The district court accurately and exhaustively instructed the jury on the law regarding effective relocation assistance. The question before us is whether "as a matter of law, the record is critically deficient of that minimum quantum of evidence from which a jury might reasonably afford relief." Patzig v. O'Neil, 577 F.2d 841, 846 (3d Cir. 1978) after careful review of the record, viewed in the light most favorable to plaintiffs, we conclude that the evidence was insufficient to support the jury's verdict.*fn8 It is not disputed that Oceanport implemented a relocation plan, including a relocation advisory assistance program, that was Approved and monitored by HUD. The parties have further stipulated that Piet was referred to five alternative locations and several local realtors by the LPA in their attempts to relocate the business. Conceding, as it must, that as a commercial displace it was not guaranteed a replacement property under federal law, Piet nevertheless contends that the LPA failed to provide the "maximum assistance" required by § 42.105. This claim is based on two somewhat intertwined theories.

In the first instance Piet asserts that none of the locations to which it was referred by the LPA were economically feasible.*fn9 In fact, Piet believes that there is only one feasible alternative location in Oceanport, namely the so-called "Ratti Tract" which lies virtually across the street from Piet's former location. The virtues of the Ratti Tract in Piet's former location. The virtues of the Ratti tract in Piet's view are that it is initially affordable and favorably situated so as to provide a volume of business that will make the new venture economically feasible. The only stumbling block to a satisfactory resolution of Piet's problem is the undisputed fact that the Ratti Tract has been zoned for residential use and Piet has been advised that the Oceanport Board of Adjustment would refuse to grant a commercial variance to accommodate Piet's liquor license.

We agree that a displaced business should be given an opportunity to establish that the public authority has failed to comply with both the federal regulations and its own relocation plan when it refuses to make available the only parcel of land allegedly feasible for the relocation of a business. M.M. Crockin Co. v. Portsmouth Redevelopment and Housing Authority, supra. As Crockin noted, the legality of the relocation program in this type of case should be considered in light of whether the public authority had the ability to grant the assistance requested; whether the proposed use for the site comports with the use for which the parcel is designated in the urban renewal plan; and whether the authority's proposed use is compatible with that plan.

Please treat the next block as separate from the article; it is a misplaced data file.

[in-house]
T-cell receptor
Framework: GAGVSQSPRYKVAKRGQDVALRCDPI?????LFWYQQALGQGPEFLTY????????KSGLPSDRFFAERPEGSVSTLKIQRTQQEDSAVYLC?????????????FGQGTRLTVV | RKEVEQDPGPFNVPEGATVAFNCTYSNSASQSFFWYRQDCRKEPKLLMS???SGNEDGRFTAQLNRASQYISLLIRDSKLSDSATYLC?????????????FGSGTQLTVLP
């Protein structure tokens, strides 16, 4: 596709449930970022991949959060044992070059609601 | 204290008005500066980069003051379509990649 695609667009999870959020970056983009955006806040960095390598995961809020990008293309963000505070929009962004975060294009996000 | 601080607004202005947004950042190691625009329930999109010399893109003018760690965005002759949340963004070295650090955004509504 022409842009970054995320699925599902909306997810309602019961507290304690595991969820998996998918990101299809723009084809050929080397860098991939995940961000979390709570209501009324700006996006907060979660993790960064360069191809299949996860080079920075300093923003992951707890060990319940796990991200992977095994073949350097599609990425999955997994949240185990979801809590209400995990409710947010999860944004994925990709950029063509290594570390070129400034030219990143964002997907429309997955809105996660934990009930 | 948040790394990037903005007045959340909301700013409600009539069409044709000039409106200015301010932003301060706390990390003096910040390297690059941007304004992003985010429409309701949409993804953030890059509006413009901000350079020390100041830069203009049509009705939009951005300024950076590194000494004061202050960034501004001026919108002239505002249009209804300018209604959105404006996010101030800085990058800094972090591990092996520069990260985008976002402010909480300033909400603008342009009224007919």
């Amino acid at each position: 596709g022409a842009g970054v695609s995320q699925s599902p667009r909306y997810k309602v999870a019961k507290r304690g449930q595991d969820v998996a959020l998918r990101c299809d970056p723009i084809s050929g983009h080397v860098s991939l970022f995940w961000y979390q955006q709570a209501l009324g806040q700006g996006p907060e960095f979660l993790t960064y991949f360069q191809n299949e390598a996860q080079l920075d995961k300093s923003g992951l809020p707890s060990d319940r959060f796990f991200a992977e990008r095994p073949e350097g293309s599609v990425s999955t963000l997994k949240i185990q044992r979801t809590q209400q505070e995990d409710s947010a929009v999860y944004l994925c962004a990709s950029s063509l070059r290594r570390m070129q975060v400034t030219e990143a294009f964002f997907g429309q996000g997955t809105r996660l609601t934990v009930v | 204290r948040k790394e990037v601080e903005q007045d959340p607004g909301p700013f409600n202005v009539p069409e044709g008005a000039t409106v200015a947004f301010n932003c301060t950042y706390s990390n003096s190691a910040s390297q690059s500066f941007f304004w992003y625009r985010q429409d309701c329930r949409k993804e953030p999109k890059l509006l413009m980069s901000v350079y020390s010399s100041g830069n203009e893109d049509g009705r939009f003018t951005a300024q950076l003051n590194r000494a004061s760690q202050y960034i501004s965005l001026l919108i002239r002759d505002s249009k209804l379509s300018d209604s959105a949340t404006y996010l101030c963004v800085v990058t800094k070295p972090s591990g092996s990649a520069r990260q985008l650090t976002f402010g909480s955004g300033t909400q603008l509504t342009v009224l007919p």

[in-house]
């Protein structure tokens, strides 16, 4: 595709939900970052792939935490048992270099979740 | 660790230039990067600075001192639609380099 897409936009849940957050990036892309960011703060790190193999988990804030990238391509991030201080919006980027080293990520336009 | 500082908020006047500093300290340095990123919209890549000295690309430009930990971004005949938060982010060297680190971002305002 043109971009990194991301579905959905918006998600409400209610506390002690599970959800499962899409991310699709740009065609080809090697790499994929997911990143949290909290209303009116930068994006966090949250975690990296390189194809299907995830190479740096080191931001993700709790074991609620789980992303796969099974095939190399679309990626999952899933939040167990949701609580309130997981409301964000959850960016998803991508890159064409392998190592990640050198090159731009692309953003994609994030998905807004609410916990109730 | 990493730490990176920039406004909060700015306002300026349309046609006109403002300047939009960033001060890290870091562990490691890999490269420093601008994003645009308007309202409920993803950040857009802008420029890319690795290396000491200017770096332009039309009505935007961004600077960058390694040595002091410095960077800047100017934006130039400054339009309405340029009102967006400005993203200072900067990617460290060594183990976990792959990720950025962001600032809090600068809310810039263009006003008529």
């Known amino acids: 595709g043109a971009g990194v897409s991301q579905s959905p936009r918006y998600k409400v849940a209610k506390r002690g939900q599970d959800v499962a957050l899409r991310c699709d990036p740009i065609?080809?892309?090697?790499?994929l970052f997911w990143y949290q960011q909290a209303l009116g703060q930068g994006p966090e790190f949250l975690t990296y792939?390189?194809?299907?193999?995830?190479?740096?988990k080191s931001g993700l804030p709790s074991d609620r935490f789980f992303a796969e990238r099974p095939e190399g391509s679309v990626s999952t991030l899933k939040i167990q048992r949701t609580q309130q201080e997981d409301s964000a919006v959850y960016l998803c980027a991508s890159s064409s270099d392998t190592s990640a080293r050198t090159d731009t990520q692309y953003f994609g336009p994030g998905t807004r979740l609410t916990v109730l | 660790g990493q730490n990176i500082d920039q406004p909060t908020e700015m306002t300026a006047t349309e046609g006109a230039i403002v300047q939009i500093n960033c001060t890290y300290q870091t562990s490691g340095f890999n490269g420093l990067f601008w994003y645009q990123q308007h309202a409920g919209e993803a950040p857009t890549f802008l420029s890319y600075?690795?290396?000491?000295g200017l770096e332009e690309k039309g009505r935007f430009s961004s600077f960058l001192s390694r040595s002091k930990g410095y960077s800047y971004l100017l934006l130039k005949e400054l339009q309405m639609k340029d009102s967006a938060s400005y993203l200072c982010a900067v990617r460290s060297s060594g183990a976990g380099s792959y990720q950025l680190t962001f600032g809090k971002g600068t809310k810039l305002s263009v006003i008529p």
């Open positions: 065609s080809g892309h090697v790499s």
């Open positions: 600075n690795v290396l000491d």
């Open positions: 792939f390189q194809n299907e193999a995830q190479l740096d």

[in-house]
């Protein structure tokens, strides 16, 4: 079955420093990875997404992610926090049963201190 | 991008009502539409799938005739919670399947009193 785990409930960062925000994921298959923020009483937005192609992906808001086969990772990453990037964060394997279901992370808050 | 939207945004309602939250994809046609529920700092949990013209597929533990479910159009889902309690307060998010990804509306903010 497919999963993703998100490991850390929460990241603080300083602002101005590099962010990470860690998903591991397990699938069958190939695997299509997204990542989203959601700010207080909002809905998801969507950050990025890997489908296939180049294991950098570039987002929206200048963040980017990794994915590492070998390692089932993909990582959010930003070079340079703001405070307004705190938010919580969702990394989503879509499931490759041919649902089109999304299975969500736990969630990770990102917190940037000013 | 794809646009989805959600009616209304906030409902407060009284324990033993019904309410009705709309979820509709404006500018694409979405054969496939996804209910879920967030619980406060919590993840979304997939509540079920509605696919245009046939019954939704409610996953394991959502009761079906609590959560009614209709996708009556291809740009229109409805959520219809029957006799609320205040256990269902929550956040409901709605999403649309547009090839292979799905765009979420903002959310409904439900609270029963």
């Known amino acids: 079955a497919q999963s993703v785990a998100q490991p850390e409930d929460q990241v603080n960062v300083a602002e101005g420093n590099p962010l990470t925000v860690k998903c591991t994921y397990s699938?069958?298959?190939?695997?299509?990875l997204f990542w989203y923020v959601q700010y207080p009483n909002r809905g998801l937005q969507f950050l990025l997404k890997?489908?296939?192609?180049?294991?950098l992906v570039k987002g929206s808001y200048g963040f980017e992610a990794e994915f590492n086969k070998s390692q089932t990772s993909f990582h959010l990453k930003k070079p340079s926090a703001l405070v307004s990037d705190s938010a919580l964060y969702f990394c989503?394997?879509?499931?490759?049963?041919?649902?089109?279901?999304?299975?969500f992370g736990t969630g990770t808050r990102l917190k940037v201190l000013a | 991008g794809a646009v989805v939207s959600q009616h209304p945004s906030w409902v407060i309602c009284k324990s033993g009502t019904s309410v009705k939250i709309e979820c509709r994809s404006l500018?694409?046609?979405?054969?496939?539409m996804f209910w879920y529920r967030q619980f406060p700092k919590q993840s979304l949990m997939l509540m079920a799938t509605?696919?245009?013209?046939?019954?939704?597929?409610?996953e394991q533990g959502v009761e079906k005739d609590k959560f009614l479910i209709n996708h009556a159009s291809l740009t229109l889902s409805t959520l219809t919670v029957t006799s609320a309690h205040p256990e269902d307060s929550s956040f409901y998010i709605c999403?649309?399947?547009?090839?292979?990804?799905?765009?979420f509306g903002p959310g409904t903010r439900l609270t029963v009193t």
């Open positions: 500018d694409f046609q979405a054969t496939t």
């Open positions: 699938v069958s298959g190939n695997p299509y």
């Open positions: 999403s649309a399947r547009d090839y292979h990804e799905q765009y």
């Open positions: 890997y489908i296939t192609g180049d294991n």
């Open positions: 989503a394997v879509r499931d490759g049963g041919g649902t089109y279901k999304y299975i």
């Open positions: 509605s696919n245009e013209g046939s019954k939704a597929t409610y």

Piet's claim fails under these criteria. Since piet's proposed use was incompatible with the use for which the Ratti Tract was designated, the LPA cannot be faulted for failing to refer Piet to that location. Moreover, it is undisputed that Piet was well aware of the unavailability of the Ratti Tract, and had been so informed by the LPA, which also informed Piet that it was unlikely a liquor license could be relocated on the site because of the zoning restriction. In addition, the LPA was powerless to provide Piet with any more assistance. Only the Oceanport Board of Adjustment could grant the zoning variance necessary for Piet to relocate on the Ratti Tract.*fn10 Finally, Piet relies on the fact that the ultimate purchasers of a parcel on the Ratti Tract, two doctors who had also been displaced by the urban renewal project, were granted a commercial variance in order to erect a commercial building for the site on which they located their offices.*fn11 While we agree that Piet was entitled to the same considerations with regard to relocation assistance as any other commercial displacee, we cannot impute any discrimination made by the zoning board to the LPA. Moreover, it is well within the discretion of the municipal zoning board to grant a variance that allows doctors' offices to be located in a residential area, and not a bar and a liquor store. In these circumstances, we do not believe that the jury could reasonably find that failure to refer Piet to the Ratti Tract amounted to a failure to provide relocation assistance required by law.